Hannay leaves Sir Harry and tries to hide in the countryside, but is spotted by the aeroplane. Soon he spots a group of men on the ground searching for him. Miraculously, he meets a road mender out on the moor, and swaps places with him, sending the workman home. His disguise fools his pursuers, who pass him by. On the same road he meets, in a passing touring car, a Society sycophant whom he recognizes from London and whom he forces to exchange clothes with him and drive him off the moor.
The next day, Hannay manages to stay ahead of the pursuers, and hides in a cottage occupied by an elderly man. Unfortunately, the man turns out to be one of the enemy, and with his accomplices he locks Hannay into his storage room. Fortunately, the room in which Hannay is locked is full of bomb-making materials, which he uses to break out of the cottage, injuring himself in the process.
A day later, Hannay retrieves his possessions from the helpful road mender and stays for a few days to recover from the explosion. He dines at a Public House in Moffat before walking to the junction at Beattock to catch a southbound train to England, changing at Crewe, Birmingham New Street and Reading, to meet Sir Harry's relative at the Foreign Office, Sir Walter Bullivant, at his country home in Berkshire. As they discuss Scudder's notes, Sir Walter receives a phone call to tell him that Karolides has been assassinated.
Sir Walter, now at his house in London, lets Hannay in on some military secrets before releasing him to go home. Hannay is unable to shake off his sense of involvement in important events, and returns to Sir Walter's house where a high-level meeting is in progress. As one of the men, ostensibly the First Sea Lord, leaves the meeting, Hannay recognizes him as one of his former pursuers in Scotland. Hannay warns Sir Walter and the other officials that the man was an impostor, and they realise the spy is about to return to Europe with the information he has obtained from their meeting. At that point, Hannay realises that the phrase "the thirty-nine steps" could refer to the landing-point in England from which the spy is about to set sail. Throughout the night, Hannay and the British military leaders try to work out the meaning of the mysterious phrase.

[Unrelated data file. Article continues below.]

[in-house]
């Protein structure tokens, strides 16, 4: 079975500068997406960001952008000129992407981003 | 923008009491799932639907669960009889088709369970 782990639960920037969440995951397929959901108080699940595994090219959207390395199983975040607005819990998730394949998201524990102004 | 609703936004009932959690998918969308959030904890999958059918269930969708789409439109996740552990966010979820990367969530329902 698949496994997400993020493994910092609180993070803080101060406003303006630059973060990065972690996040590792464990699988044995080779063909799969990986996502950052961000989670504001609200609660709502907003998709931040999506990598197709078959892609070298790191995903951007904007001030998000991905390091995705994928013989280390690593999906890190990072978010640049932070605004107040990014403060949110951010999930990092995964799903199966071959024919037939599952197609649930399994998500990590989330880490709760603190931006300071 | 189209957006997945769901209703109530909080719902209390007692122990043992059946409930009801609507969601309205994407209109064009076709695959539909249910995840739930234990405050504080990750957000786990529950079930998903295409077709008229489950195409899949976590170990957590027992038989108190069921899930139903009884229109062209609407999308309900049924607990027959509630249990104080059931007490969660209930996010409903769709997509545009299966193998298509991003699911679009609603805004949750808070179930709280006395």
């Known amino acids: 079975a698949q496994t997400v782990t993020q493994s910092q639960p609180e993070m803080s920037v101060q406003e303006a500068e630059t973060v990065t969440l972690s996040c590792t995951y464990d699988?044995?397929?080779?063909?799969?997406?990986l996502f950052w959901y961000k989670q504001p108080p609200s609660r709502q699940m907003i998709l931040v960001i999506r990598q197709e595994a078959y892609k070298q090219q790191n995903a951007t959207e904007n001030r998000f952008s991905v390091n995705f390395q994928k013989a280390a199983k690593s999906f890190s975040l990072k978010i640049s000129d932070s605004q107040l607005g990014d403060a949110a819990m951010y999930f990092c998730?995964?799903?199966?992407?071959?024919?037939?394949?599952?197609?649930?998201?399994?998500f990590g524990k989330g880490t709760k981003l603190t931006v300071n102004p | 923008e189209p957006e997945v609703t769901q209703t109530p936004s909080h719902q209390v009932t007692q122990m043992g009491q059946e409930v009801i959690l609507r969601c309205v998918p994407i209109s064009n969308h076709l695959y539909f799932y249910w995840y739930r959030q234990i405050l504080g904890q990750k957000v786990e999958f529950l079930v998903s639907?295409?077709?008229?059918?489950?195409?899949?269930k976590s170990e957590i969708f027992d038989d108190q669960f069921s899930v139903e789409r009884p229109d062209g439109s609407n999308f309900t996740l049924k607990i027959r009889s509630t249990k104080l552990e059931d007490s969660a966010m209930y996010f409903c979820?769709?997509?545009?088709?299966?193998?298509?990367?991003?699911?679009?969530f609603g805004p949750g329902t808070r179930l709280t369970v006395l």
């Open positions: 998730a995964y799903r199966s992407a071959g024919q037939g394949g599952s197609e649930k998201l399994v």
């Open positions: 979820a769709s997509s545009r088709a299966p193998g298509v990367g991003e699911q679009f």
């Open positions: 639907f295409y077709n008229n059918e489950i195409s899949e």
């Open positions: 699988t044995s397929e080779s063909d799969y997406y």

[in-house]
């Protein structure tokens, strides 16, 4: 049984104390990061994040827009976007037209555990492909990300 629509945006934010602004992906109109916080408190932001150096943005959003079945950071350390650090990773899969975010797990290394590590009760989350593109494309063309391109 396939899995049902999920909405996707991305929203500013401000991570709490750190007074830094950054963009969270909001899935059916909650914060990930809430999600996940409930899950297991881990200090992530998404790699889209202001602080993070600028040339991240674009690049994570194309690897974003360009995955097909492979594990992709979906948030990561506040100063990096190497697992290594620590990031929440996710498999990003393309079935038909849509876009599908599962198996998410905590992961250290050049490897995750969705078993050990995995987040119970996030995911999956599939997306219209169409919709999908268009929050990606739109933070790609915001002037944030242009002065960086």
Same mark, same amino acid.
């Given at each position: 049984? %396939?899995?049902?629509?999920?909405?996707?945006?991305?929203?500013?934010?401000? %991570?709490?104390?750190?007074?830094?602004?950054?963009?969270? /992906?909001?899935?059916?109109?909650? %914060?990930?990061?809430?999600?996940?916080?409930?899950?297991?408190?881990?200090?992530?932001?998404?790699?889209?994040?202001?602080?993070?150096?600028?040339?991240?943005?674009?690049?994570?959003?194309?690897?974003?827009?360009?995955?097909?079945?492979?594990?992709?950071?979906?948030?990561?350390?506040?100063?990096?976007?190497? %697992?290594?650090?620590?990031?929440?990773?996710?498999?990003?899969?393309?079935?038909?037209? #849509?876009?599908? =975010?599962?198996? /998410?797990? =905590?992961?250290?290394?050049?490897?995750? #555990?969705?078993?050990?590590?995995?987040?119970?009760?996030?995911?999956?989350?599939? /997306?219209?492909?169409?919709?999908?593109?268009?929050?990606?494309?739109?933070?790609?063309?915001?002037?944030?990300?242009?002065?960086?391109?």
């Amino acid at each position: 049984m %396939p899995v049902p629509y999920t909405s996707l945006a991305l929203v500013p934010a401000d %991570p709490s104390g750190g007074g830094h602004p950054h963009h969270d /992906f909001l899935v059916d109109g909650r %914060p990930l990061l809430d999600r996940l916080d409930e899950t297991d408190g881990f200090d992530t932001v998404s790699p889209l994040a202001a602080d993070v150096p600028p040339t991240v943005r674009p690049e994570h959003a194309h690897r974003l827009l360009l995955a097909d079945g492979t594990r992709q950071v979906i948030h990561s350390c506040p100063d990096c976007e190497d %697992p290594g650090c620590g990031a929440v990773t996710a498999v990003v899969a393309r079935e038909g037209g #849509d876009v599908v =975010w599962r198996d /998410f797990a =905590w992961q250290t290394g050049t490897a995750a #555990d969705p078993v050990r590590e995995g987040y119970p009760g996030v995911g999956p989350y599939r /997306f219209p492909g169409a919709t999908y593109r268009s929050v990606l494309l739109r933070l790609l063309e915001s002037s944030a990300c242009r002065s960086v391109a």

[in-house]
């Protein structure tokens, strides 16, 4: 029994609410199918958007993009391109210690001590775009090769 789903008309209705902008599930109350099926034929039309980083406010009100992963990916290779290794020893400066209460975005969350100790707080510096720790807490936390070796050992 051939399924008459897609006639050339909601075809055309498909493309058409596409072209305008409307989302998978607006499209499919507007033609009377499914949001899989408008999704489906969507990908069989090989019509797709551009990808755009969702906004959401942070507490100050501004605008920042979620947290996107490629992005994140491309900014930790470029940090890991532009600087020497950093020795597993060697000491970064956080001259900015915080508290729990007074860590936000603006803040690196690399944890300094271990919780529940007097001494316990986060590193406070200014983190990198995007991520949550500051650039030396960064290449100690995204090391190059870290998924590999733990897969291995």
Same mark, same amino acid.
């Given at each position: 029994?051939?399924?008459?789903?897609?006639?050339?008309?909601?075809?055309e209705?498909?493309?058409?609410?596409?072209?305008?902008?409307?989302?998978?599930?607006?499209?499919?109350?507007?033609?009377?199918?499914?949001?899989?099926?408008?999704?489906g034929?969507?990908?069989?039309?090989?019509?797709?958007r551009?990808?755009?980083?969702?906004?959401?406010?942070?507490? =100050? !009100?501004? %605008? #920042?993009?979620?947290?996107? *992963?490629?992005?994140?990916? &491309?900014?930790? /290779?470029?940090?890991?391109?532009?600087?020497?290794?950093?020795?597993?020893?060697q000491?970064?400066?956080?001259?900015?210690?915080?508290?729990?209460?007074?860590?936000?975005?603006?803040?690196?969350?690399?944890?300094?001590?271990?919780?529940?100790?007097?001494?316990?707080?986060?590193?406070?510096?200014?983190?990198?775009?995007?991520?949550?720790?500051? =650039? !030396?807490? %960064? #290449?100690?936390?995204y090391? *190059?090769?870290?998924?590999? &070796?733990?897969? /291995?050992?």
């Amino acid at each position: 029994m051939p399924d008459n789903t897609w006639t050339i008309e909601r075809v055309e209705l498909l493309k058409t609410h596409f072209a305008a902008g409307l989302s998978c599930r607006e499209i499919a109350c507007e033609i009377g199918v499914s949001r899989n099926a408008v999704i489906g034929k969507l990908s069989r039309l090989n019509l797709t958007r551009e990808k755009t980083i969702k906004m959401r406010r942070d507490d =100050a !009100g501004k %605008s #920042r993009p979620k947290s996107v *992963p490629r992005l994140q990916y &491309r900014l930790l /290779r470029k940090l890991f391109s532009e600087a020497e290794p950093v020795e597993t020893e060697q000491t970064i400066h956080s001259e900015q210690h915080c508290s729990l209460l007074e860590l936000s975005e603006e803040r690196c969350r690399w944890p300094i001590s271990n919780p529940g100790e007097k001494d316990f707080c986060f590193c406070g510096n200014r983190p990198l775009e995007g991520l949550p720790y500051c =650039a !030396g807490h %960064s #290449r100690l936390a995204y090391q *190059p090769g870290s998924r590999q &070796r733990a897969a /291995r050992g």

After some reasoning worthy of Sherlock Holmes, and with the help of a knowledgeable coastguard, the group decide on a coastal town in Kent. They find a path down from the cliff that has thirty-nine steps. Just offshore they see a yacht. Posing as fishermen, some of the party visit the yacht, the Ariadne , and find that at least one of the crew appears to be German. The only people onshore are playing tennis by a villa and appear to be English, but they match Scudder's description of the conspirators, The Black Stone. Hannay, alone, confronts the men at the villa. After a struggle, two of the men are captured while the third flees to the yacht, which meanwhile has been seized by the British authorities. The plot is thwarted, and the United Kingdom enters the First World War, having kept its military secrets from the enemy.
On the outbreak of war, Hannay joins the New Army and is immediately commissioned captain.